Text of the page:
Sunday, September 04, 2016


JIM: THE JAMES FOLEY STORY is a moving and competently made documentary about the journalist captured in Syria and executed by ISIS - the first American victim of the terrorist group.  The strength of the film is to take us into the emotional landscape of his family for two hours so that when we finally get the moment of his death - now so iconic - we really feel the tragedy of losing a good and beloved man.  The emotional punch in undeniable.  The downside of focussing so much on his wonderful family is that we almost become too reverential of James and too narrow in our focus.  Questions of naivety and poor decision making are picked up but quickly brushed off.  And the thorny issue of why some governments choose to successfully negotiate for their captives release and others do not - allegations of a lack of US governmental support - are not properly investigated.  In other words, this is a great documentary if you want to get to know James Foley - and it's worthwhile just on that basis - but it's not totally satisfying.

The Jim that we meet is a good boy from a lovely middle class Catholic family from New Hampshire. He's educated at a Jesuit university and decides to pursue a career in journalism by way of being a teacher.  His life choices are looked upon as odd and unconventional by his siblings but they support him anyway.  Jim becomes a journalist when conventional news desks have been wound down by most newspapers. He's a freelancer.  And a question I wondered about but which the documentary didn't tackle is whether this new cheaper business model raises the danger level for journalists. How far would James, if trained by, say, the BBC have made different decisions, or his family have been better supported, or the government more ready to act?  I got the feeling that there's a whole generation of vocational war reporters that we're hanging out to dry.  But as I said, that's not covered here.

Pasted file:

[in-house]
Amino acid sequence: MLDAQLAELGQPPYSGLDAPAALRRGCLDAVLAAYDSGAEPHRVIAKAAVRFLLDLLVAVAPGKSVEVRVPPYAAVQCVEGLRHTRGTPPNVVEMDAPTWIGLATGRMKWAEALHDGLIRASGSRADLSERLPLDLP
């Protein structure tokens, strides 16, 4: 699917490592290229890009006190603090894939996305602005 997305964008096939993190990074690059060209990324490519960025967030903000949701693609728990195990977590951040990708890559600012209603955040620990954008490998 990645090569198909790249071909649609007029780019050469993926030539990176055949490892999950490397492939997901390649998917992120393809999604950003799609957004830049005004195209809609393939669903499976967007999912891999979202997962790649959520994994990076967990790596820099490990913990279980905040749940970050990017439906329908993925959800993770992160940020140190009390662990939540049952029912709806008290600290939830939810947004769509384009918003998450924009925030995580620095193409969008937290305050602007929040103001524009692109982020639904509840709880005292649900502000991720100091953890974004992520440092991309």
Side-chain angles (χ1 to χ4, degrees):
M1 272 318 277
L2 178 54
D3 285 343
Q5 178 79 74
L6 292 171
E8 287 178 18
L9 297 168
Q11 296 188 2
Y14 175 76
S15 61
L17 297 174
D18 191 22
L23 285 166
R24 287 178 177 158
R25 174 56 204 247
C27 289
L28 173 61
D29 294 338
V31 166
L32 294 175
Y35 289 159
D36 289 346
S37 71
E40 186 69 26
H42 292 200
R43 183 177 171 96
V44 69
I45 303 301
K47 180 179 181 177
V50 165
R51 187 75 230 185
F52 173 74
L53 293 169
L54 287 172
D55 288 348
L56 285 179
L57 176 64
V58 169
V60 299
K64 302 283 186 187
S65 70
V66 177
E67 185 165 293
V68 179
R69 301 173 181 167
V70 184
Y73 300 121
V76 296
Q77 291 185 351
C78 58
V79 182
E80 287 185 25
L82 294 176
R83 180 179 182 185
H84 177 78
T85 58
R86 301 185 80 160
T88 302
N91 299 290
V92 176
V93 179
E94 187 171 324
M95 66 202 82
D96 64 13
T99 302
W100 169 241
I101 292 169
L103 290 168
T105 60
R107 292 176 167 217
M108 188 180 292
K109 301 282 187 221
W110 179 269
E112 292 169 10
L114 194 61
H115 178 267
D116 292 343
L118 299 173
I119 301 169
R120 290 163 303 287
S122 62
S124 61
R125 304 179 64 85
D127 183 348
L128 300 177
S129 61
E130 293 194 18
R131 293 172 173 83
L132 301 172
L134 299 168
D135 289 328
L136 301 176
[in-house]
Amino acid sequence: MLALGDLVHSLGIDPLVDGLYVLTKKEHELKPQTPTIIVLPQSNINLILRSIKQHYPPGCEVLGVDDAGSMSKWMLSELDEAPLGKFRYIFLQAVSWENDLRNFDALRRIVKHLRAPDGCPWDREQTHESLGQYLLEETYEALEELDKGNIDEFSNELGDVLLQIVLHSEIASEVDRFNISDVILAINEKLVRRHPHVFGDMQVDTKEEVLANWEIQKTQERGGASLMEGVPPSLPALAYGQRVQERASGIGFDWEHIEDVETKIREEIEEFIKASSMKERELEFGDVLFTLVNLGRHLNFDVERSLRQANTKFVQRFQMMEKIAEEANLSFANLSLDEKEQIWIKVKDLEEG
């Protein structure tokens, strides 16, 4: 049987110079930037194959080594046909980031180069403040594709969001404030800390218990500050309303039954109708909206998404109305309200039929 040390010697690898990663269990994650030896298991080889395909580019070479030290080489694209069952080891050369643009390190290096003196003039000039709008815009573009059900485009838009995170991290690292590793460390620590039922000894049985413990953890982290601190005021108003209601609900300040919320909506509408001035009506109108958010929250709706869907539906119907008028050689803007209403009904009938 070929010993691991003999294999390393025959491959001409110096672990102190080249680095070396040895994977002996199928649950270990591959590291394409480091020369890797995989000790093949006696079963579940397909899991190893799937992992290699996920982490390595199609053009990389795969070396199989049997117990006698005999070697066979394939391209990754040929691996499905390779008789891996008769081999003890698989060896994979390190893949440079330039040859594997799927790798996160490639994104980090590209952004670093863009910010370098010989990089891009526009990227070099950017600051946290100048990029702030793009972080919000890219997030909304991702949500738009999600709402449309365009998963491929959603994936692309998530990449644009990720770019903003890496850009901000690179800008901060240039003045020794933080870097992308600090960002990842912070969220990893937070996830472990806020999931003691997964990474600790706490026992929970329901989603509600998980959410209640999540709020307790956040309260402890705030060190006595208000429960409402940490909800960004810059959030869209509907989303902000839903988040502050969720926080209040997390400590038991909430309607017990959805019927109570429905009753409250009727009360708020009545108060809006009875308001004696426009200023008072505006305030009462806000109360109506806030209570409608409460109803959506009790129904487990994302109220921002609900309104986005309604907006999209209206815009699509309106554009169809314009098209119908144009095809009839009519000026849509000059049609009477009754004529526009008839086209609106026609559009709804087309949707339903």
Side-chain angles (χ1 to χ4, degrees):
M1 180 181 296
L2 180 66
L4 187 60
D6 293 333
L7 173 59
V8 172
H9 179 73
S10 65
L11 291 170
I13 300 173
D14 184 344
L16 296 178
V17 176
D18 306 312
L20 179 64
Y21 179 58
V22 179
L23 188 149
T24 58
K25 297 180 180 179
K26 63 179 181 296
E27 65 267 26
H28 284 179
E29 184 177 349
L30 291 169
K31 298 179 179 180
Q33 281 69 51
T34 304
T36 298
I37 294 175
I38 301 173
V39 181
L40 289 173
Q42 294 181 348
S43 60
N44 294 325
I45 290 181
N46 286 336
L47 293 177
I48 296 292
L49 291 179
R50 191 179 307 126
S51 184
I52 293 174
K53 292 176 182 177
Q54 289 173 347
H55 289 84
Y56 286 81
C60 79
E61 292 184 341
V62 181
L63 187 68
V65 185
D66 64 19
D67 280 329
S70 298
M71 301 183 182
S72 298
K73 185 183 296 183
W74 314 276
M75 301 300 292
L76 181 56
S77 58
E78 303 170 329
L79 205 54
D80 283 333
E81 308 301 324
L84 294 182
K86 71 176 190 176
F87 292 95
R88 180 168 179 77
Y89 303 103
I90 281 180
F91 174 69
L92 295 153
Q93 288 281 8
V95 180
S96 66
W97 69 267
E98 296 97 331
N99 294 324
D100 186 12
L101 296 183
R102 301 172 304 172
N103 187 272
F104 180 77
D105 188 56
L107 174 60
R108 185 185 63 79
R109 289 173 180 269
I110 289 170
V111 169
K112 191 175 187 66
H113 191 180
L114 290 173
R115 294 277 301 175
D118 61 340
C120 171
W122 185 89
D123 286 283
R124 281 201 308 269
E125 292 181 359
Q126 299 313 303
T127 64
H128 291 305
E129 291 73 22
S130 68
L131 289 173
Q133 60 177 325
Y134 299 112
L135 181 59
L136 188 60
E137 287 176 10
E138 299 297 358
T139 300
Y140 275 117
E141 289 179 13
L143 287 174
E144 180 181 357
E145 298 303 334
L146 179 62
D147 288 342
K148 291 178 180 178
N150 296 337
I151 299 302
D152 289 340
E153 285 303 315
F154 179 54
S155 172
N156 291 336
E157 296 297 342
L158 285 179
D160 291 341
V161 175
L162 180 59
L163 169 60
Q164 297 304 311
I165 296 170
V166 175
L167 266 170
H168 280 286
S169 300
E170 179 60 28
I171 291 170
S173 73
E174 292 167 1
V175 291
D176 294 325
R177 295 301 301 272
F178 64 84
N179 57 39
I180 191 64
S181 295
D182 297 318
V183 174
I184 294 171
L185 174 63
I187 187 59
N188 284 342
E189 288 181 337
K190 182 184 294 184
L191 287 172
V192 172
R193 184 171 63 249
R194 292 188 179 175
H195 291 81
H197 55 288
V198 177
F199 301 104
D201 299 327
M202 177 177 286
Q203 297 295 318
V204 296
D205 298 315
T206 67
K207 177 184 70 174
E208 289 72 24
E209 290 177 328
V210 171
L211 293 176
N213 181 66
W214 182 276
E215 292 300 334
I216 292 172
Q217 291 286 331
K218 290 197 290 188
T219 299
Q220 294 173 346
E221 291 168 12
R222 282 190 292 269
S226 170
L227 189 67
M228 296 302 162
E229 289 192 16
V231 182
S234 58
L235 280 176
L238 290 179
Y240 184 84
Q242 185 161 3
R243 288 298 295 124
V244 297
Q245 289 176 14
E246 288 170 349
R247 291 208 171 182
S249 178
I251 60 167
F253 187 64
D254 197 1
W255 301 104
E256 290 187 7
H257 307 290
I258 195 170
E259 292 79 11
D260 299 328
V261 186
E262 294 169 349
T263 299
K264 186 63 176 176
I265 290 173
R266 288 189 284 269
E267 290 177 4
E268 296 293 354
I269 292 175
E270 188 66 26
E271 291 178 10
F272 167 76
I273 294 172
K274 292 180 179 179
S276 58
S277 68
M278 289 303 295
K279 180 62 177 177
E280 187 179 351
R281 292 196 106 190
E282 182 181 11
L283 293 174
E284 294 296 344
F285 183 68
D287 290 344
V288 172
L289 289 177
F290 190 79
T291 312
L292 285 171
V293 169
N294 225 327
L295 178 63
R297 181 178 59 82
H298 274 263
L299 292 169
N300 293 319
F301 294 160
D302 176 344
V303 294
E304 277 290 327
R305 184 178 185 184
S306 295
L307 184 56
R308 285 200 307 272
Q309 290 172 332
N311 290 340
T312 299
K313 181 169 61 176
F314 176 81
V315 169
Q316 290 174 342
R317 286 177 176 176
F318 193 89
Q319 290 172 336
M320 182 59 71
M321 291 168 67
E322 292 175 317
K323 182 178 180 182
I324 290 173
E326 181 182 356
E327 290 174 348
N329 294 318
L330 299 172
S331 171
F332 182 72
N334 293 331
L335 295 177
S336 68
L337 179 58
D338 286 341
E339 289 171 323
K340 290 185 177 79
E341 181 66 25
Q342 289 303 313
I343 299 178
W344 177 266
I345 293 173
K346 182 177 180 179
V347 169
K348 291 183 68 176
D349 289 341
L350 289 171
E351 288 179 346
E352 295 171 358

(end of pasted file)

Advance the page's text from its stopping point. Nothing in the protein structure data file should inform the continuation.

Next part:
We see James go to Libya, thriving on the adrenaline of getting to the front-line, but captured and imprisoned by Gaddafi's men.  He's released 44 days later and goes home. He's offered an editorial post but has itchy feet.  As many of his colleagues say, the itch to cover warzones has to be scratched. They choose to do what they do because they think it's important to get the story out. And thank god they do despite the considerable personal danger. So he goes to Syria and is abducted by ISIS and held in custody for over a year with a mix of other journalists who become his new family.  The director of the documentary chooses to depict this with subtle re-enactments which are hugely effective at enhancing the narrative told by his fellow inmates, all of whom survived because their governments negotiated with them. It's in the final half hour that the emotional toll on James' family is the most visible and awful, and the context of of his death most harrowing.  When we finally see him kneeling down in an orange jump suit he isn't an abstract victim of justice, but has been restored to a real man - flawed but kind and brave - trying his best to be strong - and the power is unmistakeable. 

This film is, then, a fitting tribute to a good man and his lovely family, and makes an important point about not taking foreign reporting for granted.  Someone has to be there, and when the internet kills advertising revenue and mainstream news organisations draw in their horns, it's going to be young, relatively alone freelancers like Jim.  I have a newfound respect for their courage and mission.

JIM: THE JAMES FOLEY STORY has a running time of 111 minutes and is rated 15 for strong language, images of real dead bodies and real injury detail. The movie won the Audience Award - Documentary at Sundance 2016.  The movie had its TV premiere in the USA earlier this year and is currently on release in cinemas and on demand in the UK.

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